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Ophthalmologic Emergencies

  • Stella K. KimEmail author
Part of the MD Anderson Cancer Care Series book series (MDCCS)

Abstract

True ocular emergencies are ocular chemical burn and acute angle-closure glaucoma, both of which lead to blindness in seconds to minutes without intervention. These two conditions are not commonly seen in the emergency centers of cancer hospitals and are no more common in cancer patients than in the general population. Ocular emergencies in cancer patients are typically related to infections given the obvious immune status of this population. Ocular surface disease, which is typically not an emergency and is common owing to cancer treatments such as chemotherapy, irradiation, and stem cell transplantation, can lead to ocular emergencies, such as corneal perforation. However, symptoms alone do not often reflect the severity of serious ocular conditions. The spectrum of ocular symptoms reported by cancer patients may include ocular irritation, photophobia, redness, discharge, eye pain, double vision, and the most innocuous symptom of blurred vision. Each of these symptoms may represent relatively benign ocular disorders, ranging from cancer treatment-related dry eyes, which can be successfully treated with topical lubrication, to visually disabling ocular and orbital infections, which may lead to irreversible vision loss. This chapter describes the spectrum of ocular emergencies in patients at The University of Texas MD Anderson Cancer Center.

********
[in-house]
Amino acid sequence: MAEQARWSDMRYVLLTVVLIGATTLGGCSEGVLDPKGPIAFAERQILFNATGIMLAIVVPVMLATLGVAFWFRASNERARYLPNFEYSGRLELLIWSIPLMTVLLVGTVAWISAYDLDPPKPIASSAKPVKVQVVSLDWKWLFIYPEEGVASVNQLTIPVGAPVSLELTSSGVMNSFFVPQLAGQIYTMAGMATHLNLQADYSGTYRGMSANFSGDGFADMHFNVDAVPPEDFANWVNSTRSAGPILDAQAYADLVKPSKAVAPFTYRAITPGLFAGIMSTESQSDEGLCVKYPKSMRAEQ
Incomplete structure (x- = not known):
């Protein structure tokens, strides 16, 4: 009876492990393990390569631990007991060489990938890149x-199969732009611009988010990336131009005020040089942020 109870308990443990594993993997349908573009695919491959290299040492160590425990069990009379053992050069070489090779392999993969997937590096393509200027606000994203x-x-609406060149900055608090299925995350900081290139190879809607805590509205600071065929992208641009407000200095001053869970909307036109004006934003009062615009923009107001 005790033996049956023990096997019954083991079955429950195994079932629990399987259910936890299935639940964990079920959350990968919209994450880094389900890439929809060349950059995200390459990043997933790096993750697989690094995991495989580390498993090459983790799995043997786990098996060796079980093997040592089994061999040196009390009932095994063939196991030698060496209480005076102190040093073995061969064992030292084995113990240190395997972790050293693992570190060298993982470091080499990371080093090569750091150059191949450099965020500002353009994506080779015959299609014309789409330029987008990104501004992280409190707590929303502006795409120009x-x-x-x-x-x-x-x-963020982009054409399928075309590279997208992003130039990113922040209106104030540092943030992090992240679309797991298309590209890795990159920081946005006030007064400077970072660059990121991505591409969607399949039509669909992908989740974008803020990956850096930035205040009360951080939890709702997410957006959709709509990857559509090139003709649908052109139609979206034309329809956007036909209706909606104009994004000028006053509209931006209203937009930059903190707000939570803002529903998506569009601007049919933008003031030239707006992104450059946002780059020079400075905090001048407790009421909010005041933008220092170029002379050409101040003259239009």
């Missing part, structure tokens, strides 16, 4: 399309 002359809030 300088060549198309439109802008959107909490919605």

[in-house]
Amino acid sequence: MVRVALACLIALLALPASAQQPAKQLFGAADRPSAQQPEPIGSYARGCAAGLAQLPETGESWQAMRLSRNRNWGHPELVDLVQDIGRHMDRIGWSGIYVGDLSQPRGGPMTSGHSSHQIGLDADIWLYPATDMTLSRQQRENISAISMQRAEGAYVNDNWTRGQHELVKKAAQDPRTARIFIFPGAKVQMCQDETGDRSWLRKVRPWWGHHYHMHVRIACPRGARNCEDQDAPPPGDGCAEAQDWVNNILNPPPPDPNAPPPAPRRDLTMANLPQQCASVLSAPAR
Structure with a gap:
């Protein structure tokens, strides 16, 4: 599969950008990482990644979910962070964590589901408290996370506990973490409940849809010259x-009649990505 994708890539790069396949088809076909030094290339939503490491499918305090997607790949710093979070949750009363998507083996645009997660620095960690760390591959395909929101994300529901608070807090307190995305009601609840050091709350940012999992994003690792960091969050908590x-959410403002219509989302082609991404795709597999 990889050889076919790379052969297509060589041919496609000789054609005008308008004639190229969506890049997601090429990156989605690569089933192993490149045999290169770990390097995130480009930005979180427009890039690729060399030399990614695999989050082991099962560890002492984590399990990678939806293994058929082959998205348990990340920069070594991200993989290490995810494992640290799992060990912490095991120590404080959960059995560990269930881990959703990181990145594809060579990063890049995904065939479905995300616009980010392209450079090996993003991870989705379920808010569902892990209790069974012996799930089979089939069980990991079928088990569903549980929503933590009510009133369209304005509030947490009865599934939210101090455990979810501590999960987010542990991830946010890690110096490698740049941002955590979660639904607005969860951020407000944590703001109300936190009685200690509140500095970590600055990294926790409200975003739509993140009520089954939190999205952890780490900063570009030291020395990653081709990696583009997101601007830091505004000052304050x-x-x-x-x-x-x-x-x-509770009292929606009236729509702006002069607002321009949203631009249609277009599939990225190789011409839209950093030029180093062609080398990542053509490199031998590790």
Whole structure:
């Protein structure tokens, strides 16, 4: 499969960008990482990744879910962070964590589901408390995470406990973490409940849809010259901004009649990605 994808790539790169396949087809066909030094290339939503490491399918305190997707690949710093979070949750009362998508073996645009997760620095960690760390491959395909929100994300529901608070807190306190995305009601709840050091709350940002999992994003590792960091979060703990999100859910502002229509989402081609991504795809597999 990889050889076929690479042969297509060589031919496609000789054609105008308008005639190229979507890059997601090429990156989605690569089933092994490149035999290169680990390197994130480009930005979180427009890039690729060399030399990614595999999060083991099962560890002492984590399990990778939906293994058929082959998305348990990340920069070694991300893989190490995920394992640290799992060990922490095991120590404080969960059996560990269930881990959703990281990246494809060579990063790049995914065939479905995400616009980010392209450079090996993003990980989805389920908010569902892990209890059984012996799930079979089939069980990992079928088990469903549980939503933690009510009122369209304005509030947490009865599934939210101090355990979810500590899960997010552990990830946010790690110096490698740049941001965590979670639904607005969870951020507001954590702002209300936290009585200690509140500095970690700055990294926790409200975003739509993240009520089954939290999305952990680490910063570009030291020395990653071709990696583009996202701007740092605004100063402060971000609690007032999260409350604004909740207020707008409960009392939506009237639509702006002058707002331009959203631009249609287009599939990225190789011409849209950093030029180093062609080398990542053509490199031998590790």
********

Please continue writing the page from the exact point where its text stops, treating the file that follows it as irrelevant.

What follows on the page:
Keywords

Ocular toxicity Cancer treatment side effects 

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Copyright information

© Springer Science+Business Media New York 2016

Authors and Affiliations

  1. 1.Department of Ophthalmology and Visual ScienceThe University of Texas Health Science Center at HoustonHoustonUSA

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